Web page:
Two and a half hours later:

WTF.

How does this happen with Coppertone Water Babies waterproof, oil free, unscented SPF Freaking 50 with Freaking Zinc Freaking Oxide?!  Dammit!

Now I’m definitely getting cancer. After last May’s sun poisoning and now this, I’m definitely set. Crap.

So, then I was worried. I got a little anxious between coming back from the beach and dinner. I was starting to go a little downhill, mood-wise. The very real possibility of cancer will do that to you. I was already thinking about the conversation I would have to have with Jack about the diagnosis and how I would need him to be there for me, and how his emotional unavailability would be a problem. The awesome dress I was wearing to dinner  now matched my right arm and left shoulder. My friends were kind enough to pretend not to notice this.

Then we had sangria and authentic Peruvian food and that made it all better. Did you know sangria and authentic Peruvian food cures the possibility of cancer? Yup. It’s true.

But I only had one glass of sangria, because I was worried about dehydration in the wake of the fresh sunburn and last year’s sun poisoning.

Still, a good night.

Today, the debate is over whether to make it a shopping day so I can stay out of the sun. I do have a long-sleeved cover-up, but I’m pretty sure I would pass out from heat stroke if I wore it. And walking around from shop to shop won’t necessarily keep me shaded.

Maybe I should have Telly drive me…

You’re Hilarious/Annoying, Depending On My Mood

If there’s a more target-rich environment for people-watching than an airport, I don’t know what it is. From the second you walk into the place, it’s anthropological. In a matter of moments, the observant traveler can tell who flies fairly often and who hasn’t flown since Pam Am was still in the air… and who is just neurotic and obnoxious and lacking any self-awareness whatsoever.

I happen to be traveling the day after a major storm cancelled several flights. That meant that, when I walked into the airport this morning, there were approximately 427,000 people in the check-in line for Southwest. I had already checked in online, but I needed to print my boarding pass (print connection fail) and had to check a bag because I was bringing my purse and my laptop bag onboard. (Also, I cannot travel without mousse for my hopelessly flat hair, and they don’t make mousse in three-ounce cans. I don’t know why, but they don’t. This leads me briefly to wonder if the hair product people are in cahoots with the airline people. Then I realize I’m an idiot for wondering that.)

The line is longer than I’d ever seen it, but I have plenty of time. I’m sure that half the people in the line with me have plenty of time, too, but you’d never know it based on the panicked expressions on their faces. These are the People Who Don’t Fly Much. Now, don’t get me wrong; I’m not some jet-setter. I fly maybe three times a year, but that’s a lot compared to other people. I happen to know that the Southwest check-in line moves faster than one fears when one first arrives in it. And the security line moves faster than it appears, too.  Plus, if you’re checking a bag and don’t have your boarding pass printed, there’s a lonely, largely unrecognized set of kiosks where you can print it, and then you can get in the much faster-moving of two check-in lines (which usually blur into one line at some point, so that when they do split, it totally confuses the People Who Don’t Fly Much and the group I really can’t stand: the Neurotic/Obnoxious Self-Unaware.) I don’t mind offering this little gem of boarding pass information for people who have young kids and a lot of crap to carry. I told the family behind me, and they were, like, hugely grateful.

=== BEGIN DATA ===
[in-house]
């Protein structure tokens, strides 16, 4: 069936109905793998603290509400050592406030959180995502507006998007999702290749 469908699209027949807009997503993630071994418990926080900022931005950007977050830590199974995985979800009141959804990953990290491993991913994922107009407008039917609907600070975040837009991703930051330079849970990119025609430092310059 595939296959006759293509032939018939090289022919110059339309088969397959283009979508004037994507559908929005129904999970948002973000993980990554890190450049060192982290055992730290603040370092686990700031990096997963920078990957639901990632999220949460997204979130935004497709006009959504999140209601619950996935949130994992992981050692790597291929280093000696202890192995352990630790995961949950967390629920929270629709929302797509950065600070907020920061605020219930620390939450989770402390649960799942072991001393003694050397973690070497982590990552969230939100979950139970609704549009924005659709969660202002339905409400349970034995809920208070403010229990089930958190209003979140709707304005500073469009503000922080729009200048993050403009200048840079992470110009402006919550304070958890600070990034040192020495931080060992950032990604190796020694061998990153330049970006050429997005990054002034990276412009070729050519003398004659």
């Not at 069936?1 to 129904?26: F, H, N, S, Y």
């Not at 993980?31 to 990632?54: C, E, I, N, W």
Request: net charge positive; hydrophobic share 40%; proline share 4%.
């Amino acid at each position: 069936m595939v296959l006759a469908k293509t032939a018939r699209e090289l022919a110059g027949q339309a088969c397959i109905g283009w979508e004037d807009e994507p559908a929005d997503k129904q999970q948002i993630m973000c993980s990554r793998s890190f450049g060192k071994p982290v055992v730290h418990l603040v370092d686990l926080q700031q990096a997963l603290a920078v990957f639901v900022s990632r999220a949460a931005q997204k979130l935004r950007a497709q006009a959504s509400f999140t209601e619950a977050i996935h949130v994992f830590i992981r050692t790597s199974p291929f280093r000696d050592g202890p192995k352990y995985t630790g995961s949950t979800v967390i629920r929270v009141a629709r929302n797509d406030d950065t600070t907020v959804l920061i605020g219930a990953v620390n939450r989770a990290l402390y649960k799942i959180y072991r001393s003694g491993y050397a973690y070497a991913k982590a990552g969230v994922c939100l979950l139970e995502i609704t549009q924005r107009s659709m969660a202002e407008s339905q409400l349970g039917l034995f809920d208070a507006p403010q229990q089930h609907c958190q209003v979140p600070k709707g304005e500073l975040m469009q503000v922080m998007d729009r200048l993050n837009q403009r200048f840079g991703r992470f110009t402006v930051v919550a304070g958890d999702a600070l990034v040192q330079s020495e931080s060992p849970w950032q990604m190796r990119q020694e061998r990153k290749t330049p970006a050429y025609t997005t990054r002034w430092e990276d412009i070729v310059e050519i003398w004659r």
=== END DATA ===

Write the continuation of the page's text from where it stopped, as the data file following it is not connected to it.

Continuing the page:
Once in a while, when a line is really long, airline employees will come through and find those with flights departing sooner. They’ll put those people toward the front of the line. This rarely elicits objection from other travelers; we all know the stress of worrying about missing a flight. But boy, does it bring expressions of concern to the faces of the PWDFM and the NOSU folks. In an airport, there is rarely a perpetration of injustice (racial profiling notwithstanding). But the NOSUs, in particular, are always looking around for it anyway.  If they think they spot a sign that they’re not being treated fairly, they complain to the other people in their party. This mostly involves whining and nasality and twitchy blinking. It’s a hoot. Next time you fly, if the security line isn’t backed up all the way through the maze of retractable barriers, duck under the barriers to get to the end of the line. You will completely freak out the NOSU people. They will think you’re doing something very, very wrong because you didn’t schlep through the maze in its entirety like some unthinking rat, and they’ll look around for a TSA officer to arrest you. When that doesn’t happen, they’ll look around at everything in general, and blink a lot.

Now you know who the NOSUs are.

PWDFM and NOSUs are so easily intimidated by all of the micro- and macro-processes of air travel that they wind up shorting out a synapse. Just when they figure out how one line works, they have to get into another one. It’s overwhelming. “Wait, which security line is for us? This looks like one line for the A gates, but I’m a B gate.” It doesn’t matter. If you go through this line, you can access both the A and B departure gates. (There is a large sign that explains this, right above the line.) “Oh, now we have to take our shoes off?” Yes.  “Why?” Because of Richard Reid.  “I don’t want to take my shoes off.”  Well, that’s sort of immaterial. “Why do I have to take my shoes off? They tie.” You’ll survive, and retying your shoes will not make you miss your flight.  “I have to take off my belt, too?”  Yes.  “Why? What can a belt do to a plane?”  It has a metal buckle. It’ll set off the alarm on the x-ray machine and you’ll hold up everybody else.  “Honestly, they make it so hard these days.”  Just take off the belt, pal.